Microsoft Office Tutorials and References
In Depth Information
You can change a cover page at any time by choosing a new one from the Cover Page menu. The
new cover page retains any replacement text you typed.
To remove a cover page, follow Steps 1 and 2, but choose the item Remove Current Cover Page
from the Cover Page menu. The cover page that Word inserted is removed.
The Cover Page menu doesn’t create a new section in your document. Even so, it’s treated
differently from certain page formatting commands applied to the rest of the document. That
means if you add page numbers or a header or footer to your document, that formatting applies
to only the second and later pages, not to the cover page.
Leaving the bracketed text on the title page is tacky. Your boss doesn’t want to see a
report that has [Company Name] on it rather than your organization’s name.
Making a cover page manually
Word’s Cover Page command is quick, but I’m not really satisfied with any of its designs. I prefer
instead to craft my own cover page, spiffing it up with formatting commands, graphics, artwork, and
other goodies, as described throughout this topic.
The best way to roll your own cover page is to follow Example 2 from Figure 14-1 . Here are the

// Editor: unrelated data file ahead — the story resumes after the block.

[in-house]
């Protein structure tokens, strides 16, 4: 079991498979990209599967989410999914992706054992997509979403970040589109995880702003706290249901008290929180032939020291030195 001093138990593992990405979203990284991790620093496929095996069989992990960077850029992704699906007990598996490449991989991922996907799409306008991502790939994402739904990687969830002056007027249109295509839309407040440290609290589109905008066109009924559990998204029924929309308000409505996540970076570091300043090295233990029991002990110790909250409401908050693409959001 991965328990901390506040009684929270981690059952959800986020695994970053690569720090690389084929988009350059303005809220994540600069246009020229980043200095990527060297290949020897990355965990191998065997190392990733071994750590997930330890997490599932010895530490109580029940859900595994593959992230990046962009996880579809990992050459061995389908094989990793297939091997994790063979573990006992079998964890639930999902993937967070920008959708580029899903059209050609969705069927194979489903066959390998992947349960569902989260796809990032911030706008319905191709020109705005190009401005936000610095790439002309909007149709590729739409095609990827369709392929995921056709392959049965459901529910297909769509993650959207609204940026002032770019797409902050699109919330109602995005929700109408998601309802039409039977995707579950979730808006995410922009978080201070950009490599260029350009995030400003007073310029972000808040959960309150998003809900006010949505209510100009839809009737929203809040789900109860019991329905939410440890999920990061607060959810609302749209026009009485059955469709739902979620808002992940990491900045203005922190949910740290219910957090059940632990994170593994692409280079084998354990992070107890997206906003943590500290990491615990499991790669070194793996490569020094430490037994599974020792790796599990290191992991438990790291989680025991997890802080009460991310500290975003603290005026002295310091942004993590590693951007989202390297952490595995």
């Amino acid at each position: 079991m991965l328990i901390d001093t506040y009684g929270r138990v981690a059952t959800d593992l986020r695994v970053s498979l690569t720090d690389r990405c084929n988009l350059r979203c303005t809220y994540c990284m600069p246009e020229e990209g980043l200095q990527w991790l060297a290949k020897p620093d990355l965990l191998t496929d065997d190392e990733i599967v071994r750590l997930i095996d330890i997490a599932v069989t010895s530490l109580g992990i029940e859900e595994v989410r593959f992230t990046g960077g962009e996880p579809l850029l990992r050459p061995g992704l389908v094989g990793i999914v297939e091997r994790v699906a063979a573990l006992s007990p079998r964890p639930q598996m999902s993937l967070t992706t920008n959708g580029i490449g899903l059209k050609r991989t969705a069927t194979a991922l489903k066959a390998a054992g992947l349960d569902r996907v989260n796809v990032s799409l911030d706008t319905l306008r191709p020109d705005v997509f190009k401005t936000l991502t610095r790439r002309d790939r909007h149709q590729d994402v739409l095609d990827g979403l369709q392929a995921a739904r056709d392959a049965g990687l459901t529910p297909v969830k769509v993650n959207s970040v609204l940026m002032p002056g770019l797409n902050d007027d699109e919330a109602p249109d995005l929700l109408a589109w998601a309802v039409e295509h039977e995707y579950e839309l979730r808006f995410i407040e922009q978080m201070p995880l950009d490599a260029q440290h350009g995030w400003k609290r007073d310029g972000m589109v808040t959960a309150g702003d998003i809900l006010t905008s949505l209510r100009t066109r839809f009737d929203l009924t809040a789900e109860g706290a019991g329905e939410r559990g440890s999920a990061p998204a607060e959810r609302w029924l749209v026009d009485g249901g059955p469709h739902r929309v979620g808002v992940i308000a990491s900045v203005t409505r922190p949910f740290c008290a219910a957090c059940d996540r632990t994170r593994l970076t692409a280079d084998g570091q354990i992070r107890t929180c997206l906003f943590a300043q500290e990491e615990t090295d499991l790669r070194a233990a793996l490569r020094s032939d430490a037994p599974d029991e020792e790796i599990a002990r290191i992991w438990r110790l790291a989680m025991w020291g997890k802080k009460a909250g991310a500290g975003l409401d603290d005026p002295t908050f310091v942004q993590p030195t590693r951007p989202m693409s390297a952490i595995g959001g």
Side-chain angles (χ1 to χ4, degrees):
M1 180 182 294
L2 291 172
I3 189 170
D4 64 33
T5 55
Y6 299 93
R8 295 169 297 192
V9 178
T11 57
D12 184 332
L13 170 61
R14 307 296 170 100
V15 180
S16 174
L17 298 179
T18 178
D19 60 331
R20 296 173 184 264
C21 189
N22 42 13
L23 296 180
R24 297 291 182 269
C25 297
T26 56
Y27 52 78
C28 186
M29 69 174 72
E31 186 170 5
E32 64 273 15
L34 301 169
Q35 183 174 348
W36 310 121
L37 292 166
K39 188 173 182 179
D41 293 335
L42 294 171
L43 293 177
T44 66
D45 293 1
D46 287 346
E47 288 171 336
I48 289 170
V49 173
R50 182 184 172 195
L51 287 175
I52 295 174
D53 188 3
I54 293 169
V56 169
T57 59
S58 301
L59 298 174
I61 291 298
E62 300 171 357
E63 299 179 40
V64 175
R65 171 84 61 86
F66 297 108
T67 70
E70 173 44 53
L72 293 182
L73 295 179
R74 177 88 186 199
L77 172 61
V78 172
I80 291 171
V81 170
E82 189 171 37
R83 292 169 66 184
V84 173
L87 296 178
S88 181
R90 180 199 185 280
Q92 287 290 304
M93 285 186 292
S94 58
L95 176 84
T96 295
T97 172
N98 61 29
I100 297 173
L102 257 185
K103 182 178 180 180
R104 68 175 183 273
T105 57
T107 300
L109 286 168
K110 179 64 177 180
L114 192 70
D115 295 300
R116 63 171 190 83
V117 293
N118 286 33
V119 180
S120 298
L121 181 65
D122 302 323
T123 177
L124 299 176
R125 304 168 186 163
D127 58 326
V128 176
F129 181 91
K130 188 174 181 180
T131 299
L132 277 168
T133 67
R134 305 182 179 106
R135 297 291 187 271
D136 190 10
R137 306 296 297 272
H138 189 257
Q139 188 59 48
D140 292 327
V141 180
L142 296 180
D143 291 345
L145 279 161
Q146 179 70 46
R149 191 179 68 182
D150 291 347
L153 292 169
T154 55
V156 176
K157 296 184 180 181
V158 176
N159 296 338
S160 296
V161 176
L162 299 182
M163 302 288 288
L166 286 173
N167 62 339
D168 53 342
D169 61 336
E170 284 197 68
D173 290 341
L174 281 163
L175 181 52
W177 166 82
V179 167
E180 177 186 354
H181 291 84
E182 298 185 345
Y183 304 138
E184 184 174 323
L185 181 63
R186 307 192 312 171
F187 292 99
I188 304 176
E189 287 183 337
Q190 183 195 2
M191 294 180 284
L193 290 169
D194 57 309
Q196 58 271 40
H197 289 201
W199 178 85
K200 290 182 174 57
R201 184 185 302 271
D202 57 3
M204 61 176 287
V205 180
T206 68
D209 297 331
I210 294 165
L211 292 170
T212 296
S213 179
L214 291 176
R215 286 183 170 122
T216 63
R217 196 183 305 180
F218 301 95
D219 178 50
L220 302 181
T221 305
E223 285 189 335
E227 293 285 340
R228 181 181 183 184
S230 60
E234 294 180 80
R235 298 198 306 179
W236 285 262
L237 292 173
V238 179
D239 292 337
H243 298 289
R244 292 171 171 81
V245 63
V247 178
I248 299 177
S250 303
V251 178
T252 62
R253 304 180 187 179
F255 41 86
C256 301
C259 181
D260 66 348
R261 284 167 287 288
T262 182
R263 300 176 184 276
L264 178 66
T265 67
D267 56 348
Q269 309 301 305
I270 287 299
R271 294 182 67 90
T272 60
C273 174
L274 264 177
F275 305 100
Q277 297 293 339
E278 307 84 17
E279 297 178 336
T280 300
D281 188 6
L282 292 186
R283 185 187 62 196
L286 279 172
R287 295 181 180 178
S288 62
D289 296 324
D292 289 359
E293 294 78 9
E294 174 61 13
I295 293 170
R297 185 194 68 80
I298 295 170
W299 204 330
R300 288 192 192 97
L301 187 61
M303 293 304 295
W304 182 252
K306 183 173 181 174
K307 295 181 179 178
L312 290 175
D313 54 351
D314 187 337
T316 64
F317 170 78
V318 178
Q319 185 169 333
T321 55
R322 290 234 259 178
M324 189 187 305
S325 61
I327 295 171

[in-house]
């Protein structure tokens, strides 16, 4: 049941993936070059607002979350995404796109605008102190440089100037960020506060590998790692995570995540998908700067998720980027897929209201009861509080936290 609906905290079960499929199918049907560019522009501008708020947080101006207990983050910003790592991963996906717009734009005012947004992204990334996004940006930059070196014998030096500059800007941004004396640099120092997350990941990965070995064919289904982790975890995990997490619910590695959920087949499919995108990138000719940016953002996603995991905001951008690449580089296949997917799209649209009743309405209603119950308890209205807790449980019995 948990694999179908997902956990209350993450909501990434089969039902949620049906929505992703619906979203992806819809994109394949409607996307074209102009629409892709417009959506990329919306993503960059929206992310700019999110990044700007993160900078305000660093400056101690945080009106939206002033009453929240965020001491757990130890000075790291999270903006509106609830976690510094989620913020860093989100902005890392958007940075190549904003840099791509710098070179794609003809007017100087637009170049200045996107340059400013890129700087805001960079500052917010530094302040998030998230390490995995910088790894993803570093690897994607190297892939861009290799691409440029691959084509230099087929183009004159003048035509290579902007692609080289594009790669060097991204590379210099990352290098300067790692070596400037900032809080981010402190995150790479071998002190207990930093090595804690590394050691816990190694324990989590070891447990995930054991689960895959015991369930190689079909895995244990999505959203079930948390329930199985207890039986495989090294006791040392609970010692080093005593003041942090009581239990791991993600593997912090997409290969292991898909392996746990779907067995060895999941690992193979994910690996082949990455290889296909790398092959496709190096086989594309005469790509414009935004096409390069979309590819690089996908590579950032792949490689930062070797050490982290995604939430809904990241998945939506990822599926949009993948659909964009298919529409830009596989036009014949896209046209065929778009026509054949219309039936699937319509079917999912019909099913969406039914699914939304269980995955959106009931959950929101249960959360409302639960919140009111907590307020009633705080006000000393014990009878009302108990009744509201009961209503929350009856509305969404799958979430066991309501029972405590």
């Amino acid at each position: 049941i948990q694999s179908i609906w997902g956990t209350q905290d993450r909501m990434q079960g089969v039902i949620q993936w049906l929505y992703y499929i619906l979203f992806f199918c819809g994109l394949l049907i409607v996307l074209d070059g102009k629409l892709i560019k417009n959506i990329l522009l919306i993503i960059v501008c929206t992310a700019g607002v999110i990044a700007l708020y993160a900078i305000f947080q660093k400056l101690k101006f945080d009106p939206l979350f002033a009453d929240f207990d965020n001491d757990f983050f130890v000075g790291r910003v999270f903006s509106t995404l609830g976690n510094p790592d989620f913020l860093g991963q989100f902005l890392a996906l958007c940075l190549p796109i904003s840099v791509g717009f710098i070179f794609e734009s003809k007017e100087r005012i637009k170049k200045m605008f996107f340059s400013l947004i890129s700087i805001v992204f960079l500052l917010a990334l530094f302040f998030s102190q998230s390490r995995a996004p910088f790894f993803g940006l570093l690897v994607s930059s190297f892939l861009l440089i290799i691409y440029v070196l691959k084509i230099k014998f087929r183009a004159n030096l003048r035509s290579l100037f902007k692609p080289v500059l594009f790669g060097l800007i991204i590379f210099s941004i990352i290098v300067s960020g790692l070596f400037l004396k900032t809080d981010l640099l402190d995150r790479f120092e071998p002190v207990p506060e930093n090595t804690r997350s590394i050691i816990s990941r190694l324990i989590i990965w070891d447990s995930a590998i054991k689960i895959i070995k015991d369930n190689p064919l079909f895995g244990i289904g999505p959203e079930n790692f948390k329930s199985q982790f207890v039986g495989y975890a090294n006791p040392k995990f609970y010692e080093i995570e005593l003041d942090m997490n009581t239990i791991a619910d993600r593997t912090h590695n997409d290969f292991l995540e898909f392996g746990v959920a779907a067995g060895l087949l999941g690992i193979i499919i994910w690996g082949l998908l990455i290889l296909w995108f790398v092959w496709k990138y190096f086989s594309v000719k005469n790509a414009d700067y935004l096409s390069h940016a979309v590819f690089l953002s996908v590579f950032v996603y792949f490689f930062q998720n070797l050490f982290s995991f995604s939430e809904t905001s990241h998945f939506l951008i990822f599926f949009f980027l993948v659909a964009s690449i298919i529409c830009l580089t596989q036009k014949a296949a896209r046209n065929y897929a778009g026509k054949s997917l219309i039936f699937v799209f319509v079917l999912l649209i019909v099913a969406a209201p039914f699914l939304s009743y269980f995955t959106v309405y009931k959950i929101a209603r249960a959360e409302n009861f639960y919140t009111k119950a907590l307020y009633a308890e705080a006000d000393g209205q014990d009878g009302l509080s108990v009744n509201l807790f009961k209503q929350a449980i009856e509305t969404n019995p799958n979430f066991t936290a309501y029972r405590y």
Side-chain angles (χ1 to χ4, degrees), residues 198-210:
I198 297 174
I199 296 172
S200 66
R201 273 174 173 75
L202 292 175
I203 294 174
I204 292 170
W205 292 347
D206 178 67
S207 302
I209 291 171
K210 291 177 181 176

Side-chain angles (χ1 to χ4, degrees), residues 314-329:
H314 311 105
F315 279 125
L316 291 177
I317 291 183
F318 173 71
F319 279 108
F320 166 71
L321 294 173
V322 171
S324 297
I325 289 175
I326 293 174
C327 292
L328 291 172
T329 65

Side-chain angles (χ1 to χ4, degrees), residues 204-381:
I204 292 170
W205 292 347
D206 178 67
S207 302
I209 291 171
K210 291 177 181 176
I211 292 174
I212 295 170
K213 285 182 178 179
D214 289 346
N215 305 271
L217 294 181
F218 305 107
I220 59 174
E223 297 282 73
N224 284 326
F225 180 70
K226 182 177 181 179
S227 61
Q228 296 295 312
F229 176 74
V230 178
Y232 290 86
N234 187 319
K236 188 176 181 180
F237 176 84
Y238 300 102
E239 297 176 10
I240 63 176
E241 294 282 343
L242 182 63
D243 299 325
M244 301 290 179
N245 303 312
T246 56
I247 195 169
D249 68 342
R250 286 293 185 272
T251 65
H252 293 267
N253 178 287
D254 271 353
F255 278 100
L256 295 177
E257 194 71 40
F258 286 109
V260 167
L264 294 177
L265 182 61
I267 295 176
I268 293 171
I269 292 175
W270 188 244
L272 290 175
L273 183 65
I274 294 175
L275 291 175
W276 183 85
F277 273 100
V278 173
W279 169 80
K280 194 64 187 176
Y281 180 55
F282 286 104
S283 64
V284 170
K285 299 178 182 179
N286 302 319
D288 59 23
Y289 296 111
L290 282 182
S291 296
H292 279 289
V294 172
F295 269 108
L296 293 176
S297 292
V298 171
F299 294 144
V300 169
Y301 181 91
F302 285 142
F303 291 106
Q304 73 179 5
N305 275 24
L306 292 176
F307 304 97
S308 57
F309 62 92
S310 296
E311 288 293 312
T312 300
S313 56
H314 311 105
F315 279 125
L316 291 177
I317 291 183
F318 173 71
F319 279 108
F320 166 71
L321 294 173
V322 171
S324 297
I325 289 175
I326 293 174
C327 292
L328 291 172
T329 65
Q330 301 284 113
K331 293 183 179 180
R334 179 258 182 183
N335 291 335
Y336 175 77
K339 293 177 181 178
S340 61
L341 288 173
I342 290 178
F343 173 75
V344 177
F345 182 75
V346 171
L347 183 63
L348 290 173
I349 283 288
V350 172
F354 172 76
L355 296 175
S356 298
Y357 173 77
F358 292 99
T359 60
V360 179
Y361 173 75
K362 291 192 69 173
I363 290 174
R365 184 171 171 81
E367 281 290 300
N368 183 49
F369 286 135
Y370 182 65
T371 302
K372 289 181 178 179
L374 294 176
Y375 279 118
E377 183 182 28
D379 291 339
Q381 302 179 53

general steps to take:
1. Before writing the cover page, position the toothpick cursor at the tippy-top of the
document.
This step applies whether you’ve written the document or not. If you’ve already written the cover
page, position the toothpick cursor at the end of the page. And if you’ve put in a hard page break
after the cover page, delete it.
2. Create a new, Next Page section break in your document.
The document now has two sections, and the first page is its own section.
3. Create the cover page.
Add a title, additional text, graphics, and various document froufrou.
4. On the second page, at the start of the new section, set the page numbering for the rest of
the document.
Refer to the first set of steps in the earlier section, “Using sections,” for the specifics of setting
pages numbering for a section.
Because the cover page is its own section, the page numbering you apply to the second section
doesn’t affect the cover page. If you want the cover page numbered, dispense with sections and use a
hard page break instead. Number the entire document, as described in Chapter 13 .
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